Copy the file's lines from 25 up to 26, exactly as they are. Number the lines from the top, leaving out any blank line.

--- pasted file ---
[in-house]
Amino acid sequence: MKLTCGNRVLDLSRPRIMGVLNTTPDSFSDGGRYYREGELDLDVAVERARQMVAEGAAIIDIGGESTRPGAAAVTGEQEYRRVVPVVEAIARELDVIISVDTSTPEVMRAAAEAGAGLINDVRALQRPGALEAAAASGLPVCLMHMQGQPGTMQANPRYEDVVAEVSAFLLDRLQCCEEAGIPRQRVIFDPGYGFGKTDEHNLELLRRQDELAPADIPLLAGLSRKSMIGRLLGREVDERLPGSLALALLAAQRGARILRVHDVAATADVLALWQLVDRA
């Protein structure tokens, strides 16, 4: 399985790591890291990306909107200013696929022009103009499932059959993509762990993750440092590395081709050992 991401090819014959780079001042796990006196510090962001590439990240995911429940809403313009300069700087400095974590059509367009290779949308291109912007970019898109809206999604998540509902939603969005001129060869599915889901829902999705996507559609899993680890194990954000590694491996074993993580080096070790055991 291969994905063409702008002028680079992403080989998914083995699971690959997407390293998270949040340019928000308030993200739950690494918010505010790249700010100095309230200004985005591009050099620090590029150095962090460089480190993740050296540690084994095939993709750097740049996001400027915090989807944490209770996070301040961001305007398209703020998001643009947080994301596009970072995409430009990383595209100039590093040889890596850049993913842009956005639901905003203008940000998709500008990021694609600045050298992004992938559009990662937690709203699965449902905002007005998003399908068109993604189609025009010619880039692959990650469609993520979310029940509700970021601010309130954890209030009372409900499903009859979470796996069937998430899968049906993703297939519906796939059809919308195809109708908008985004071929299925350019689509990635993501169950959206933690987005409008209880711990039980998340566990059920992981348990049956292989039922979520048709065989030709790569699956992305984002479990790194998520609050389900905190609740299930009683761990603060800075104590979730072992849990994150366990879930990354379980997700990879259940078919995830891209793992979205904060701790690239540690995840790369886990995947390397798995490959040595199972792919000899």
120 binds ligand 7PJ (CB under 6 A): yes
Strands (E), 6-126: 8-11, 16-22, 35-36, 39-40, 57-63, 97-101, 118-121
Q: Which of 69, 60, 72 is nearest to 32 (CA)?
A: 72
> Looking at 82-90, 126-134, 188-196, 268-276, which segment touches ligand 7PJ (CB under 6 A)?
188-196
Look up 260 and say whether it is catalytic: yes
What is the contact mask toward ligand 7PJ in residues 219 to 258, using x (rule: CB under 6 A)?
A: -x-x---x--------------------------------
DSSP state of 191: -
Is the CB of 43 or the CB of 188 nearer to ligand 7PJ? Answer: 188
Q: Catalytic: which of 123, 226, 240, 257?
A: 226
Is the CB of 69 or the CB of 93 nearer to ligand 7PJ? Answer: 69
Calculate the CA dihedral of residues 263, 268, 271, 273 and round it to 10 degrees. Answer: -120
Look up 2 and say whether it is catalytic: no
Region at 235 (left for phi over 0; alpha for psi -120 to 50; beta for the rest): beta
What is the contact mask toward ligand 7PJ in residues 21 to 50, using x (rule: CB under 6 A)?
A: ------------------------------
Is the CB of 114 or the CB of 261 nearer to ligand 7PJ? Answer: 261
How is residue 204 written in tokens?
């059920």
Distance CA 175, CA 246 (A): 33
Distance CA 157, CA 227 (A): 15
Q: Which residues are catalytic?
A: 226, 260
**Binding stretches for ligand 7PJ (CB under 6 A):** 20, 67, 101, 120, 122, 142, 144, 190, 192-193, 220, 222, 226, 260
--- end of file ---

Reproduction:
């059920």
Distance CA 175, CA 246 (A): 33